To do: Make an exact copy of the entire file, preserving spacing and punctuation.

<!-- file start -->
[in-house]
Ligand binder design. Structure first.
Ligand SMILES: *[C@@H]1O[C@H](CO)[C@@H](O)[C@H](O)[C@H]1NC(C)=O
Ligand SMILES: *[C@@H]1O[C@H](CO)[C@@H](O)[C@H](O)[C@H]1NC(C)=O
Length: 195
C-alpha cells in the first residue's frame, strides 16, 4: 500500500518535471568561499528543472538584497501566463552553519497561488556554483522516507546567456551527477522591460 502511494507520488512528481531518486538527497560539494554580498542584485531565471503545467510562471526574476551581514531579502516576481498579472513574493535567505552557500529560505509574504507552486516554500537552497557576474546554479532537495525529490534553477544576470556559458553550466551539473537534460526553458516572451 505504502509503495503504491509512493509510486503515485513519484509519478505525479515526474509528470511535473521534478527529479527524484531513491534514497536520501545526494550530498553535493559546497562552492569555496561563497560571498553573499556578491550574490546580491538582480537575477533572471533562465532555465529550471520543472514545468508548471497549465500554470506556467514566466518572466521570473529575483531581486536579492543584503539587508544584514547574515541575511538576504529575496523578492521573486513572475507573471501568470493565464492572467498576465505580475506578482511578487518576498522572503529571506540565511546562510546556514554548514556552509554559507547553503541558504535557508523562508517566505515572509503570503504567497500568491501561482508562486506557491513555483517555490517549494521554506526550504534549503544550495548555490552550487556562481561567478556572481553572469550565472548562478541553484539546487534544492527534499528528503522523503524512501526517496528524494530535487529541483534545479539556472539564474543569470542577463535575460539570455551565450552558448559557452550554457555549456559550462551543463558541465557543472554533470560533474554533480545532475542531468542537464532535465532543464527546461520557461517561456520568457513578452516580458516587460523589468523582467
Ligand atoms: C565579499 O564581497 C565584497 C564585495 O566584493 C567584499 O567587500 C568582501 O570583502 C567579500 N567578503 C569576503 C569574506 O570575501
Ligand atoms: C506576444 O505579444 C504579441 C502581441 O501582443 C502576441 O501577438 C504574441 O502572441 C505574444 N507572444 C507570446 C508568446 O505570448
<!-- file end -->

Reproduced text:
[in-house]
Ligand binder design. Structure first.
Ligand SMILES: *[C@@H]1O[C@H](CO)[C@@H](O)[C@H](O)[C@H]1NC(C)=O
Ligand SMILES: *[C@@H]1O[C@H](CO)[C@@H](O)[C@H](O)[C@H]1NC(C)=O
Length: 195
C-alpha cells in the first residue's frame, strides 16, 4: 500500500518535471568561499528543472538584497501566463552553519497561488556554483522516507546567456551527477522591460 502511494507520488512528481531518486538527497560539494554580498542584485531565471503545467510562471526574476551581514531579502516576481498579472513574493535567505552557500529560505509574504507552486516554500537552497557576474546554479532537495525529490534553477544576470556559458553550466551539473537534460526553458516572451 505504502509503495503504491509512493509510486503515485513519484509519478505525479515526474509528470511535473521534478527529479527524484531513491534514497536520501545526494550530498553535493559546497562552492569555496561563497560571498553573499556578491550574490546580491538582480537575477533572471533562465532555465529550471520543472514545468508548471497549465500554470506556467514566466518572466521570473529575483531581486536579492543584503539587508544584514547574515541575511538576504529575496523578492521573486513572475507573471501568470493565464492572467498576465505580475506578482511578487518576498522572503529571506540565511546562510546556514554548514556552509554559507547553503541558504535557508523562508517566505515572509503570503504567497500568491501561482508562486506557491513555483517555490517549494521554506526550504534549503544550495548555490552550487556562481561567478556572481553572469550565472548562478541553484539546487534544492527534499528528503522523503524512501526517496528524494530535487529541483534545479539556472539564474543569470542577463535575460539570455551565450552558448559557452550554457555549456559550462551543463558541465557543472554533470560533474554533480545532475542531468542537464532535465532543464527546461520557461517561456520568457513578452516580458516587460523589468523582467
Ligand atoms: C565579499 O564581497 C565584497 C564585495 O566584493 C567584499 O567587500 C568582501 O570583502 C567579500 N567578503 C569576503 C569574506 O570575501
Ligand atoms: C506576444 O505579444 C504579441 C502581441 O501582443 C502576441 O501577438 C504574441 O502572441 C505574444 N507572444 C507570446 C508568446 O505570448